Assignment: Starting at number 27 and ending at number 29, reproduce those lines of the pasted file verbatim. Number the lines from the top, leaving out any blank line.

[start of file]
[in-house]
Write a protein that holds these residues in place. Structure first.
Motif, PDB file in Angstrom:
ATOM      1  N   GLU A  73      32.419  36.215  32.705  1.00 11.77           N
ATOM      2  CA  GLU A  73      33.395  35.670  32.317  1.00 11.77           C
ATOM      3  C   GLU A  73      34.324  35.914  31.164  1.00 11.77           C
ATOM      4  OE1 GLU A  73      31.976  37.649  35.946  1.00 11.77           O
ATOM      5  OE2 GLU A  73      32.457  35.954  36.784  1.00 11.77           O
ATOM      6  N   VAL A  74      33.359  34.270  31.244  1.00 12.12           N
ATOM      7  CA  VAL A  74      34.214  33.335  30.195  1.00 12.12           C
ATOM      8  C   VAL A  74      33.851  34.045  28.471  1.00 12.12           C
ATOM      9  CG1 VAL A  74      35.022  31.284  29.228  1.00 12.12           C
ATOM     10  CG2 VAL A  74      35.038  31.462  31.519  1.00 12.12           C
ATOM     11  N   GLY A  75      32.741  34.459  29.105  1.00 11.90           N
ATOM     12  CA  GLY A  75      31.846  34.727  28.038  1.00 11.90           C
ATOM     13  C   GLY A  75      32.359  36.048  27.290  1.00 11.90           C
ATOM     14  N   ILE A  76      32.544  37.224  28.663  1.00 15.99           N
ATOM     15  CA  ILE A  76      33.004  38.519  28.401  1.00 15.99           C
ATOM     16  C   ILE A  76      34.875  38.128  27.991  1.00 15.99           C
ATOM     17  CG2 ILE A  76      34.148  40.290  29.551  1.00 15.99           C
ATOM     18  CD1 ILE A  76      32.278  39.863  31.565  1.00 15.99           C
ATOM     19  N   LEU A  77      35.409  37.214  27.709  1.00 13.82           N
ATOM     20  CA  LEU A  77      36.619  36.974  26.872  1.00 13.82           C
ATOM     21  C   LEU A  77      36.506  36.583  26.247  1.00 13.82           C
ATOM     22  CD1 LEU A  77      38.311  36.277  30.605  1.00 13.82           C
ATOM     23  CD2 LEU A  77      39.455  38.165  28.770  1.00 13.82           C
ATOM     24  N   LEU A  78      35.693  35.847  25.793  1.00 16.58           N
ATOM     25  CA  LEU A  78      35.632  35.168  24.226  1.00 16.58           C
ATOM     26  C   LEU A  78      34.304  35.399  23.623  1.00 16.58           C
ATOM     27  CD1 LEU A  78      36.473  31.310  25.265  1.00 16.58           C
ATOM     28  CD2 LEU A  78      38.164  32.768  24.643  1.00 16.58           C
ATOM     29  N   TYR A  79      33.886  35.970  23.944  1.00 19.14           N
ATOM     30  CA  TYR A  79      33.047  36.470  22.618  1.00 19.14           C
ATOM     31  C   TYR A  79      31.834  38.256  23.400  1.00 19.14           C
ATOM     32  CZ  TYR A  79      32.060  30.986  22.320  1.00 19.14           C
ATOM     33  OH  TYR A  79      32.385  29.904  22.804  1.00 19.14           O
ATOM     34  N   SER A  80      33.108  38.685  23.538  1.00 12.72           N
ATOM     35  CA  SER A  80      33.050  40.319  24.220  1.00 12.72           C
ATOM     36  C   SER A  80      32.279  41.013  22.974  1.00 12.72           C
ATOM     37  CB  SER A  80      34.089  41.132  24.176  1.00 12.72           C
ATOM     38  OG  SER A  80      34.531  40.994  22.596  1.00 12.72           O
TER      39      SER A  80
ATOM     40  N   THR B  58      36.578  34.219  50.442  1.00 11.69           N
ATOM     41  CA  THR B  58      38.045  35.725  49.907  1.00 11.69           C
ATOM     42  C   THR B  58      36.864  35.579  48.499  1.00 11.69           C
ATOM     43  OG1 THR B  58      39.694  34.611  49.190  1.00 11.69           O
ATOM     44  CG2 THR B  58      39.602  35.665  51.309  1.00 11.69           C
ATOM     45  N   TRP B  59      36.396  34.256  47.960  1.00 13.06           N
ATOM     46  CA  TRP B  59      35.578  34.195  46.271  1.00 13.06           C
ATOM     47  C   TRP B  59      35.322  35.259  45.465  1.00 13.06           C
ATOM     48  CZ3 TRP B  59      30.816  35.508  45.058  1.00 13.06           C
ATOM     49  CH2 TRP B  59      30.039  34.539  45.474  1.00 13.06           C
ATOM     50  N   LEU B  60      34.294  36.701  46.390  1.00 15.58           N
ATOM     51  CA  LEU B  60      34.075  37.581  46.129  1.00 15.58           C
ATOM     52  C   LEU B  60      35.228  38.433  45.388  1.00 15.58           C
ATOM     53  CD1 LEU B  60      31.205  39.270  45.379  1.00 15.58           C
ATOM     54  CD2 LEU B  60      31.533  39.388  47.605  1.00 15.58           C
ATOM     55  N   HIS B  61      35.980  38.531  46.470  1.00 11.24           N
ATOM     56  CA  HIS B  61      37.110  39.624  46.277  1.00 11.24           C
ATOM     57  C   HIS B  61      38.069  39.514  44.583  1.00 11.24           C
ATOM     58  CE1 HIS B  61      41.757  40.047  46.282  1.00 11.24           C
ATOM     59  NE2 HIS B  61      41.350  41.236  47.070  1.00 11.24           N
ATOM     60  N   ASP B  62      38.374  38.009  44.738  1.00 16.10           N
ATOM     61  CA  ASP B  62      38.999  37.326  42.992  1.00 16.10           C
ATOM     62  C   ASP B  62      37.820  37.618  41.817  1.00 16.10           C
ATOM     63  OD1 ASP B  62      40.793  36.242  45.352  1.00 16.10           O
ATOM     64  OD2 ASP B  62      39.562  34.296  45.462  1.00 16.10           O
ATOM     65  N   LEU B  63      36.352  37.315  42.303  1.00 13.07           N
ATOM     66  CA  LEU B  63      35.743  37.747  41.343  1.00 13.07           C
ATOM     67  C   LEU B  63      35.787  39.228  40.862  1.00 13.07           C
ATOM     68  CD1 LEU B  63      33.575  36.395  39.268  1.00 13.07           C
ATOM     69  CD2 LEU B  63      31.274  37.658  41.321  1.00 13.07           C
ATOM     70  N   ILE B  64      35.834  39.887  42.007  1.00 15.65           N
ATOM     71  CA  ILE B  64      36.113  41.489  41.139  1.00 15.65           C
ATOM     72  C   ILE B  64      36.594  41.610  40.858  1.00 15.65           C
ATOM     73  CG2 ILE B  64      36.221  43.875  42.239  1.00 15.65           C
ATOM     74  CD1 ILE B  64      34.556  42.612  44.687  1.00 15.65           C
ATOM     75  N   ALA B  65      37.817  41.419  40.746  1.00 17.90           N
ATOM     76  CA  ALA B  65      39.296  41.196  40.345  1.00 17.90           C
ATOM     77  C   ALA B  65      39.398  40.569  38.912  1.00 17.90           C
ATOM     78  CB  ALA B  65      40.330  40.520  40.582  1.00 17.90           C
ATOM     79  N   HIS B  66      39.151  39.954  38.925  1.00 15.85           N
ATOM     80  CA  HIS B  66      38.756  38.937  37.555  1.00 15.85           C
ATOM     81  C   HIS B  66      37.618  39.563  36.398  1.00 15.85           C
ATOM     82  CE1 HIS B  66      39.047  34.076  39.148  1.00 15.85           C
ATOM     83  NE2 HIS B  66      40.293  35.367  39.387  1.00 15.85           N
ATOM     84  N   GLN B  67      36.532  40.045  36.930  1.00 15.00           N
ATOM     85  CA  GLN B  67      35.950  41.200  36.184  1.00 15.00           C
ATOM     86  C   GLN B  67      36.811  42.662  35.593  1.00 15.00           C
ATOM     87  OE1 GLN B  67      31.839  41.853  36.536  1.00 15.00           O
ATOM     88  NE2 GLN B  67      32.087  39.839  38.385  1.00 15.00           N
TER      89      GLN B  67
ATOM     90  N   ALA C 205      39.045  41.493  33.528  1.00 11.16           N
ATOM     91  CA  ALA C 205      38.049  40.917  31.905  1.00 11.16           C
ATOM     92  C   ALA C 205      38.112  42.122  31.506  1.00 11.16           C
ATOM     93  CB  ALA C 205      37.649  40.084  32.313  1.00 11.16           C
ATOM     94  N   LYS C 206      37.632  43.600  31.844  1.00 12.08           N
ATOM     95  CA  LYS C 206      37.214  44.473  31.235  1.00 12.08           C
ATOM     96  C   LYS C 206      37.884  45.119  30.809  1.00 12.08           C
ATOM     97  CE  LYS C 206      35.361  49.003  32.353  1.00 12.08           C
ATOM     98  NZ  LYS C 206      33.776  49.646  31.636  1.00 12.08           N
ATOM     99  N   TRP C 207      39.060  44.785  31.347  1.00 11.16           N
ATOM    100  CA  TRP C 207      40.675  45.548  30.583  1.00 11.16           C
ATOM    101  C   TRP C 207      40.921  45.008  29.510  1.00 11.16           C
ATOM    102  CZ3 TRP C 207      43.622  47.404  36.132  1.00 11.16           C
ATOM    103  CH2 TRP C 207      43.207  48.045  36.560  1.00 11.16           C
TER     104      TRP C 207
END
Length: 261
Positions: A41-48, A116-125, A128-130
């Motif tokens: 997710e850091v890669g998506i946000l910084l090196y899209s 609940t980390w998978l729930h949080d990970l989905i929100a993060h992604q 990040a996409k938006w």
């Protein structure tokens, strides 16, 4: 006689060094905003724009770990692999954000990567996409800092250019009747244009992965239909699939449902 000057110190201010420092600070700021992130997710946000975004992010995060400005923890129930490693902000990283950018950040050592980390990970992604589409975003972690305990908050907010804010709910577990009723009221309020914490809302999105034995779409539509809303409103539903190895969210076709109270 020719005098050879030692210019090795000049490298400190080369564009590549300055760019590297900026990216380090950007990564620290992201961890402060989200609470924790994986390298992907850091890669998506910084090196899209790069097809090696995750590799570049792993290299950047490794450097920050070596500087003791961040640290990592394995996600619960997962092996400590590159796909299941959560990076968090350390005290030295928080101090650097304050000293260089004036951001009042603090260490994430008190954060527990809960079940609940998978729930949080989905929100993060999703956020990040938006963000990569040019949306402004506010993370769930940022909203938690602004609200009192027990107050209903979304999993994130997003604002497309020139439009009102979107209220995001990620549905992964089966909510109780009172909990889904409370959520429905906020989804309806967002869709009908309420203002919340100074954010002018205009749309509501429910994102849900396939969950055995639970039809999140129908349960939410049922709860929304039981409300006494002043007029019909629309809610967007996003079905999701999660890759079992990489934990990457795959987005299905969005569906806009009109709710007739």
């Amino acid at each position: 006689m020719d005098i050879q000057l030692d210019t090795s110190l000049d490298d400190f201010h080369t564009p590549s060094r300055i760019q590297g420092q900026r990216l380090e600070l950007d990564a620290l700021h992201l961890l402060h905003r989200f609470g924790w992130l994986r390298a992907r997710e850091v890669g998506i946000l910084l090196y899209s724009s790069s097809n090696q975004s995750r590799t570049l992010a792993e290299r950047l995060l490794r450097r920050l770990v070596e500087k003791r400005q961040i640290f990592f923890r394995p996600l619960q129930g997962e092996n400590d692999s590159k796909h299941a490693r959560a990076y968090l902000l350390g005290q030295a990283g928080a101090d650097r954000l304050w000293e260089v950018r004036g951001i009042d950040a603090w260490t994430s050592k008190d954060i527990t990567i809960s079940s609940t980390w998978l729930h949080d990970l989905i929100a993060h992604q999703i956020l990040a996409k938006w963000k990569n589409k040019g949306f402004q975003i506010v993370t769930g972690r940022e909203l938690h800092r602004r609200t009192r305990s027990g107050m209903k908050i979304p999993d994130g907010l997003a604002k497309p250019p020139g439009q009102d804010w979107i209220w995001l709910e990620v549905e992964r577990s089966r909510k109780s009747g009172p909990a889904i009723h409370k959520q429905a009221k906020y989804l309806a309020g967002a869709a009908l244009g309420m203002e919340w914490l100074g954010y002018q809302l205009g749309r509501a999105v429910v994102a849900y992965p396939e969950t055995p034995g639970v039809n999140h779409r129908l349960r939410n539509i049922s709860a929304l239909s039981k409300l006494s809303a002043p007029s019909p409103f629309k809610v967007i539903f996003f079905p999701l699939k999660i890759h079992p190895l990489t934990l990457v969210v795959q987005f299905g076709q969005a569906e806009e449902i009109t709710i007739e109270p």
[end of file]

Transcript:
ATOM     24  N   LEU A  78      35.693  35.847  25.793  1.00 16.58           N
ATOM     25  CA  LEU A  78      35.632  35.168  24.226  1.00 16.58           C
ATOM     26  C   LEU A  78      34.304  35.399  23.623  1.00 16.58           C